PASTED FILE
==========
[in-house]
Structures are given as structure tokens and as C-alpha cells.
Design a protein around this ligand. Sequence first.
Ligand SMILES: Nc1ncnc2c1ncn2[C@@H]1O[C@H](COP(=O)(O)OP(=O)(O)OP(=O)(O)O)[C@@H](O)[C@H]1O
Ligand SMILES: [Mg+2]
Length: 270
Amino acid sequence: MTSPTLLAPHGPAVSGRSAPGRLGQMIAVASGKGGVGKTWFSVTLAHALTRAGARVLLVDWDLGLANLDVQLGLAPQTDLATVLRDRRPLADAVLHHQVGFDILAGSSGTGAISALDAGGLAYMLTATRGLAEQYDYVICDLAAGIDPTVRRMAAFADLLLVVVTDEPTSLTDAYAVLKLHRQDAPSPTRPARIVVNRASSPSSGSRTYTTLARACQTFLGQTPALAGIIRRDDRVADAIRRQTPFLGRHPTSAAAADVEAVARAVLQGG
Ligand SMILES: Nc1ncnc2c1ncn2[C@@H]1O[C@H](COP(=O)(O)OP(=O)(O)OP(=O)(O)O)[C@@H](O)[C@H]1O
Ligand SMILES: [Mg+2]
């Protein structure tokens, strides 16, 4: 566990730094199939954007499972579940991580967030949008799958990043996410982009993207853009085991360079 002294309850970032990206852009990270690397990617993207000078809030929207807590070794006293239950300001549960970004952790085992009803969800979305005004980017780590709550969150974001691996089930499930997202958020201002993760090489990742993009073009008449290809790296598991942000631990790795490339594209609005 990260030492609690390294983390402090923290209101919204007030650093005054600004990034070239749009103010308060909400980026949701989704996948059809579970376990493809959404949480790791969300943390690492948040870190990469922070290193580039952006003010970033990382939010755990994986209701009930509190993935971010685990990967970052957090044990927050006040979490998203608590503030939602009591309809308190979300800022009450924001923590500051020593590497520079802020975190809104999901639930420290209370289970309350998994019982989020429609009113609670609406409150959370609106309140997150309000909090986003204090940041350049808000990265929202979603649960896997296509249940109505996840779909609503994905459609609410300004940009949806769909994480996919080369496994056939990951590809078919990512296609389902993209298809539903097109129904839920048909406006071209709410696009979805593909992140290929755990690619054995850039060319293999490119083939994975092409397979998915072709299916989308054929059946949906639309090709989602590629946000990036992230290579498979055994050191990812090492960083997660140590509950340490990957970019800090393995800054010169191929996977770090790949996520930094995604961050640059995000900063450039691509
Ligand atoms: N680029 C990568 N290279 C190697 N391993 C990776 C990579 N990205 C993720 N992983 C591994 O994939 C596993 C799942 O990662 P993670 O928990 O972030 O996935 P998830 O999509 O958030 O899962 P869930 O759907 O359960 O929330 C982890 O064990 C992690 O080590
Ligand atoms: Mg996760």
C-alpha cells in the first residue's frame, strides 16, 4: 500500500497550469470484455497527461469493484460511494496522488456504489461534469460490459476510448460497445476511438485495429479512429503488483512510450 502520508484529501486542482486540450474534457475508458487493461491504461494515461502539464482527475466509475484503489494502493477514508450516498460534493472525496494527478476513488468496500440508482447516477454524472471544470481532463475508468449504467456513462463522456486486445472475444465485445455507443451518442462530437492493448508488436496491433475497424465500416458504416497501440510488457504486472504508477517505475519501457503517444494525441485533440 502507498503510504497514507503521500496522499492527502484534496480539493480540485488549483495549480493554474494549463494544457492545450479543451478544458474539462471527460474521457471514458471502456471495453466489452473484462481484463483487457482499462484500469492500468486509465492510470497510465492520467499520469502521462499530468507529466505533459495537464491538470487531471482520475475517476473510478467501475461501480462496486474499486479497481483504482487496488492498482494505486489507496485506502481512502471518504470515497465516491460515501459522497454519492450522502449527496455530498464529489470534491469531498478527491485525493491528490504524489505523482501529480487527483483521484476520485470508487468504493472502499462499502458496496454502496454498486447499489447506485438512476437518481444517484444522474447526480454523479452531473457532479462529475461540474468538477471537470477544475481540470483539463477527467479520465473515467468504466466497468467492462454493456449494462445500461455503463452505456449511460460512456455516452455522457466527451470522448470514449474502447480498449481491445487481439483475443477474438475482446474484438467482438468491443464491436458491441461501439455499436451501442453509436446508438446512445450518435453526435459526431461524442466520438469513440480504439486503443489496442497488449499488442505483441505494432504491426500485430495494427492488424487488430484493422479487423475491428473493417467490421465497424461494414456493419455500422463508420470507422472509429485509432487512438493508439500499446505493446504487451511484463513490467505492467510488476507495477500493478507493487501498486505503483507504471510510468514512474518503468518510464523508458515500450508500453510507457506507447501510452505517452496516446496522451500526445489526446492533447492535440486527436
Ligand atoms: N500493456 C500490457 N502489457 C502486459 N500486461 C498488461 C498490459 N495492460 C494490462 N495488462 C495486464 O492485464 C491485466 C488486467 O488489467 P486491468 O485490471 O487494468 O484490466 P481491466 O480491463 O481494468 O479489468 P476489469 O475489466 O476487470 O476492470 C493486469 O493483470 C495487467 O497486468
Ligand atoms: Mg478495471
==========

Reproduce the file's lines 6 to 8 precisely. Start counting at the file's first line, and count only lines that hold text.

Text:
Length: 270
Amino acid sequence: MTSPTLLAPHGPAVSGRSAPGRLGQMIAVASGKGGVGKTWFSVTLAHALTRAGARVLLVDWDLGLANLDVQLGLAPQTDLATVLRDRRPLADAVLHHQVGFDILAGSSGTGAISALDAGGLAYMLTATRGLAEQYDYVICDLAAGIDPTVRRMAAFADLLLVVVTDEPTSLTDAYAVLKLHRQDAPSPTRPARIVVNRASSPSSGSRTYTTLARACQTFLGQTPALAGIIRRDDRVADAIRRQTPFLGRHPTSAAAADVEAVARAVLQGG
Ligand SMILES: Nc1ncnc2c1ncn2[C@@H]1O[C@H](COP(=O)(O)OP(=O)(O)OP(=O)(O)O)[C@@H](O)[C@H]1O